As the two companies claim in announcing the acquisition, Java is one of the computer industry’s best-known brands and is a widely deployed technology. Sun’s Solaris operating system is the leading platform for the Oracle database which represents the biggest chunk of the provider’s business.
Jonathan Schwartz, CEO of Sun, enthusiastically supports the acquisition. "This is a fantastic day for Sun's customers, developers, partners and employees across the globe, joining forces with the global leader in enterprise software to drive innovation and value across every aspect of the technology marketplace," he says. "From the Java platform touching nearly every business system on earth, powering billions of consumers on mobile handsets and consumer electronics, to the convergence of storage, networking and computing driven by the Solaris operating system and Sun's SPARC and x64 systems. Together with Oracle, we'll drive the innovation pipeline to create compelling value to our customer base and the marketplace."
Sun’s Board of Directors unanimously approved the transaction. It is anticipated to close this summer, subject to Sun stockholder approval, certain regulatory approvals and customary closing conditions.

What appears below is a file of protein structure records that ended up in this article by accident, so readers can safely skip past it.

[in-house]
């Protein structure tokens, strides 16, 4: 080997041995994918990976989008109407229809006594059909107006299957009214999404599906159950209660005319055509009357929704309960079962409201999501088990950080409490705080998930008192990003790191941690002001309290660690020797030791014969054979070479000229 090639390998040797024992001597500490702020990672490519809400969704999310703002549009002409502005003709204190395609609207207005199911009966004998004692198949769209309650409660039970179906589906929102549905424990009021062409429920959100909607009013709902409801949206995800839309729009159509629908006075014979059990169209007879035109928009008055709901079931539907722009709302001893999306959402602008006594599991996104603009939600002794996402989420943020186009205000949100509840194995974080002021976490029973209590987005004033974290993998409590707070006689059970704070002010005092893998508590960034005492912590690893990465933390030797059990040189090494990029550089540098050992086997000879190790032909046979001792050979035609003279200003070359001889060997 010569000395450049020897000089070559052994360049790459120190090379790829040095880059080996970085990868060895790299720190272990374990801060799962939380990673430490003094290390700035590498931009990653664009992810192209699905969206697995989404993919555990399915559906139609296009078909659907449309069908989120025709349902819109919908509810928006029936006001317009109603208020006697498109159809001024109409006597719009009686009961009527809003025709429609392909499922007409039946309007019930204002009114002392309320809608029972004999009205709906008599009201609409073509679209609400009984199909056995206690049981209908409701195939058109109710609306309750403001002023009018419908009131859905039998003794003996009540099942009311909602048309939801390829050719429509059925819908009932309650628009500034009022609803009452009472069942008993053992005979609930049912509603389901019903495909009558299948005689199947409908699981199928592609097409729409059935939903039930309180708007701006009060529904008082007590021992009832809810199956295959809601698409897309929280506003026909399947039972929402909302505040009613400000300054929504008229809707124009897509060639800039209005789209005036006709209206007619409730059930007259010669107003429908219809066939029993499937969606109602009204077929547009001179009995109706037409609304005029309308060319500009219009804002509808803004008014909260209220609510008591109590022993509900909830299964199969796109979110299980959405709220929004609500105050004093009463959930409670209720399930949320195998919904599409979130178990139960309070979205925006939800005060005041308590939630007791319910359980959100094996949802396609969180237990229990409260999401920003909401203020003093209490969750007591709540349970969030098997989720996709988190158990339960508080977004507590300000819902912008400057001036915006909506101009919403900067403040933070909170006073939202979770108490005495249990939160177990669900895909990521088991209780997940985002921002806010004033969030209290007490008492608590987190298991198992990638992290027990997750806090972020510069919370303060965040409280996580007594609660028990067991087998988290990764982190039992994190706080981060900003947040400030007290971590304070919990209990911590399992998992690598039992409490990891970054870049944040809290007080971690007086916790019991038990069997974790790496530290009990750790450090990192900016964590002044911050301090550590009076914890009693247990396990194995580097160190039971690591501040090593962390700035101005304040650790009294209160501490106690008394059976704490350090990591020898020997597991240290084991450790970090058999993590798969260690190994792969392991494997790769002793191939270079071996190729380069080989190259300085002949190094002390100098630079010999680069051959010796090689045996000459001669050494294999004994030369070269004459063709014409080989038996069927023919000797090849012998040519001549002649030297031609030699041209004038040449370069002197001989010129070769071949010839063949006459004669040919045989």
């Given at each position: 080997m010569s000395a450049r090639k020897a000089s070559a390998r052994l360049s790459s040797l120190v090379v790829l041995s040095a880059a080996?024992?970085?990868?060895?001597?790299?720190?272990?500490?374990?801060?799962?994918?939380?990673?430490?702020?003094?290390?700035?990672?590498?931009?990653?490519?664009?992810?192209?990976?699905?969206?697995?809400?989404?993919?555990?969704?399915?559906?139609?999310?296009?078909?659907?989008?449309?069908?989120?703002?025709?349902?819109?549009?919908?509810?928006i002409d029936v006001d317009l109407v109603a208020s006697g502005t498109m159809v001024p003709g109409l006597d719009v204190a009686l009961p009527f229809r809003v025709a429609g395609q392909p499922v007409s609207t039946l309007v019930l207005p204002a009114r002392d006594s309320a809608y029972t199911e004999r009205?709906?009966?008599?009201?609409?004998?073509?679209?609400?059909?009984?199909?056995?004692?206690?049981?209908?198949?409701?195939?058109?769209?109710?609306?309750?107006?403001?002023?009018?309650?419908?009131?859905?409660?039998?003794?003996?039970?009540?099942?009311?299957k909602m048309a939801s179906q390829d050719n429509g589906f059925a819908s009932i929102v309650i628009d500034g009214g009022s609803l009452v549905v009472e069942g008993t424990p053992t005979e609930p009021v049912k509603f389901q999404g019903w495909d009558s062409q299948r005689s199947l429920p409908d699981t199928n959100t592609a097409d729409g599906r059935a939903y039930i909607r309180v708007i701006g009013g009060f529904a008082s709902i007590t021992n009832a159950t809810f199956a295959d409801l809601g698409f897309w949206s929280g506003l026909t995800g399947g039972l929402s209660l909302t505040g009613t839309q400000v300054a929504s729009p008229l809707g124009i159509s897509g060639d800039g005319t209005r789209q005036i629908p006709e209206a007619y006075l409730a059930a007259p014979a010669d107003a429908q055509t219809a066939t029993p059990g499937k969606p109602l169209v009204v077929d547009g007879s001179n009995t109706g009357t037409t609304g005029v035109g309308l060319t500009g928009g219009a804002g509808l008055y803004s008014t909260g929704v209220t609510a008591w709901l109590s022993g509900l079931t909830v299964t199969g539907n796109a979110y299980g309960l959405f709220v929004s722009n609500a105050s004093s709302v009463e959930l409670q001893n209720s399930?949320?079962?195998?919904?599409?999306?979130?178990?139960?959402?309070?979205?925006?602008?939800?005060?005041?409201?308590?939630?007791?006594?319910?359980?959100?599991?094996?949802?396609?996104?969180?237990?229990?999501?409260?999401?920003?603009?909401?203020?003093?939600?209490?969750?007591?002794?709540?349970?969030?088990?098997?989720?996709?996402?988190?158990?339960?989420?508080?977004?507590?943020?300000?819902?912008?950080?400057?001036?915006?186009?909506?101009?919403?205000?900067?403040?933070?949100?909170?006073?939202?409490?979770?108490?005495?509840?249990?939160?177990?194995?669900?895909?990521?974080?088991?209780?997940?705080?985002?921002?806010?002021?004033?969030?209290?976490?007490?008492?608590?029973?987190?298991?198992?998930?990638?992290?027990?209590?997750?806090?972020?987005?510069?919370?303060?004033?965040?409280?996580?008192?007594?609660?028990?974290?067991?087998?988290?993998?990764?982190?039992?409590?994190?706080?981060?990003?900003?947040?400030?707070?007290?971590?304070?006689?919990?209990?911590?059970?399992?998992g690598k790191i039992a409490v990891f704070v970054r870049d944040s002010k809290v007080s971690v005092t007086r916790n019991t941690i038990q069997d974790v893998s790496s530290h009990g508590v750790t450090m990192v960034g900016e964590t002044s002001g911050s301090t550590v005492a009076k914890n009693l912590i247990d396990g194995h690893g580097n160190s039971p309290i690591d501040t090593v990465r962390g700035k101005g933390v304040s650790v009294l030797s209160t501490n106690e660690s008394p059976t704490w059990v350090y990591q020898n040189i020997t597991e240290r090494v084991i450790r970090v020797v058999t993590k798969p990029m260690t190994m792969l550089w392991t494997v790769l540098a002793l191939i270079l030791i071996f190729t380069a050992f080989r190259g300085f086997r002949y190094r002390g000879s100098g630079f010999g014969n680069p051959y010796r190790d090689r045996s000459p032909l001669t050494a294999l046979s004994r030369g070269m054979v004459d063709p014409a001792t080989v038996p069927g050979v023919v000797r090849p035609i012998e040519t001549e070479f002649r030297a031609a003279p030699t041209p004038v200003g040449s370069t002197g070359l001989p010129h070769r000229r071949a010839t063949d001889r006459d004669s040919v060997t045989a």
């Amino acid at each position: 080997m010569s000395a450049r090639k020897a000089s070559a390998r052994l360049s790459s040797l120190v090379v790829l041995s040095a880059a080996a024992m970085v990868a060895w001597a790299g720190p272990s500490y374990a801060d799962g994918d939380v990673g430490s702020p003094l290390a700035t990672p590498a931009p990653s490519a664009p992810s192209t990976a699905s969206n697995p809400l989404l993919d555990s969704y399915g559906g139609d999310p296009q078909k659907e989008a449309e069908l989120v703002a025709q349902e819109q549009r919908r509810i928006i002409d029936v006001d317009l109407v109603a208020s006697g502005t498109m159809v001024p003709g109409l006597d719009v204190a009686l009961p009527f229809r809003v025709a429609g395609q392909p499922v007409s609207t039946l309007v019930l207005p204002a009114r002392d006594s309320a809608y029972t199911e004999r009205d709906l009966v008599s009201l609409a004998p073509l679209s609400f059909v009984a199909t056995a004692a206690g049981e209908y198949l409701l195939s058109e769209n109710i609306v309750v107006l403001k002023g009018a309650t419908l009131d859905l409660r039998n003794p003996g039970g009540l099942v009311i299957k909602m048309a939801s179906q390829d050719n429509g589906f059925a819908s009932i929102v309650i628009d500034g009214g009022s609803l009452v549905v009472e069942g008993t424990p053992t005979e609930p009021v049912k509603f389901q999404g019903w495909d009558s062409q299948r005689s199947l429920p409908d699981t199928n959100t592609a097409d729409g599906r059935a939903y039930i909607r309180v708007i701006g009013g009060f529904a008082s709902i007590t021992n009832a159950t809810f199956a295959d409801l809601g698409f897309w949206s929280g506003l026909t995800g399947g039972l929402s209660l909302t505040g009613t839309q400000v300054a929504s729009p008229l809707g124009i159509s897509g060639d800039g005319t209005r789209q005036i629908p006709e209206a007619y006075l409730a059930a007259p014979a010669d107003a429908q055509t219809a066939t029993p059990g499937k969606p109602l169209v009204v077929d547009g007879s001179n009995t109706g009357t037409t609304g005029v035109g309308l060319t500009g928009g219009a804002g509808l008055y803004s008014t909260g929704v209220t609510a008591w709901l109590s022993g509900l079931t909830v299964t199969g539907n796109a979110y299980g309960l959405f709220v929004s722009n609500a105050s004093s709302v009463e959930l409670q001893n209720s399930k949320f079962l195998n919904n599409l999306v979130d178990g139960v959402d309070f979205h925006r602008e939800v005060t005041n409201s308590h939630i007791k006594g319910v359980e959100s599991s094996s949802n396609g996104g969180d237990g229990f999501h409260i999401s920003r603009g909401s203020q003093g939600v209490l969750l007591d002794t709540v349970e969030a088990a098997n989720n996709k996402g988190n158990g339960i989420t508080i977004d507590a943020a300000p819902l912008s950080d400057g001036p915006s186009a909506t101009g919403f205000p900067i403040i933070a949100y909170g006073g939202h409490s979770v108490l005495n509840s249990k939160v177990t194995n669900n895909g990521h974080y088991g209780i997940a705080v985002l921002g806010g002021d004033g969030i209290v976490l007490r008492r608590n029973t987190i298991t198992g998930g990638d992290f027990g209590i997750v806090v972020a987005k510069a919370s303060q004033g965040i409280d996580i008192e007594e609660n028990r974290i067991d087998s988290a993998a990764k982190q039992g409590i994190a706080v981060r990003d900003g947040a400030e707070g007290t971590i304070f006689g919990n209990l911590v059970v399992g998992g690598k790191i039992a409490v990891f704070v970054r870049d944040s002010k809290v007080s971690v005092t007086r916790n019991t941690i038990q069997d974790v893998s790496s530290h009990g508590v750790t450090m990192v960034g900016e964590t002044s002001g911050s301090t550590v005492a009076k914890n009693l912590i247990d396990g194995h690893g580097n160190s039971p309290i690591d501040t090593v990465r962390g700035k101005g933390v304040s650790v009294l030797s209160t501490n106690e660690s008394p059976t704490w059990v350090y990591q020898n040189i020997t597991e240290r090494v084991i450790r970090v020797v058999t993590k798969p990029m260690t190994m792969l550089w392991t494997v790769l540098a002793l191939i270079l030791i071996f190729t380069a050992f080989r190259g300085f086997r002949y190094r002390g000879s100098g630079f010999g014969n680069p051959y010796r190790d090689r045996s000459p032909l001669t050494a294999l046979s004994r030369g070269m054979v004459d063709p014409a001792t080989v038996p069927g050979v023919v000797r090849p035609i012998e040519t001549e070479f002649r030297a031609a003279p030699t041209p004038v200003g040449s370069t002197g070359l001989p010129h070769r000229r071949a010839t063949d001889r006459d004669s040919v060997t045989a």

From the perspective of Larry Ellison, Oracle CEO, "The acquisition of Sun transforms the IT industry, combining best-in-class enterprise software and mission-critical computing systems. Oracle will be the only company that can engineer an integrated system—applications to disk—where all the pieces fit and work together so customers do not have to do it themselves. Our customers benefit as their systems integration costs go down while system performance, reliability and security go up."
Oracle’s fastest growing business unit, Fusion Middleware, is built on Sun's Java language and software. Oracle claims it will ensure continued innovation and investment in Java technology for the benefit of customers and the Java community.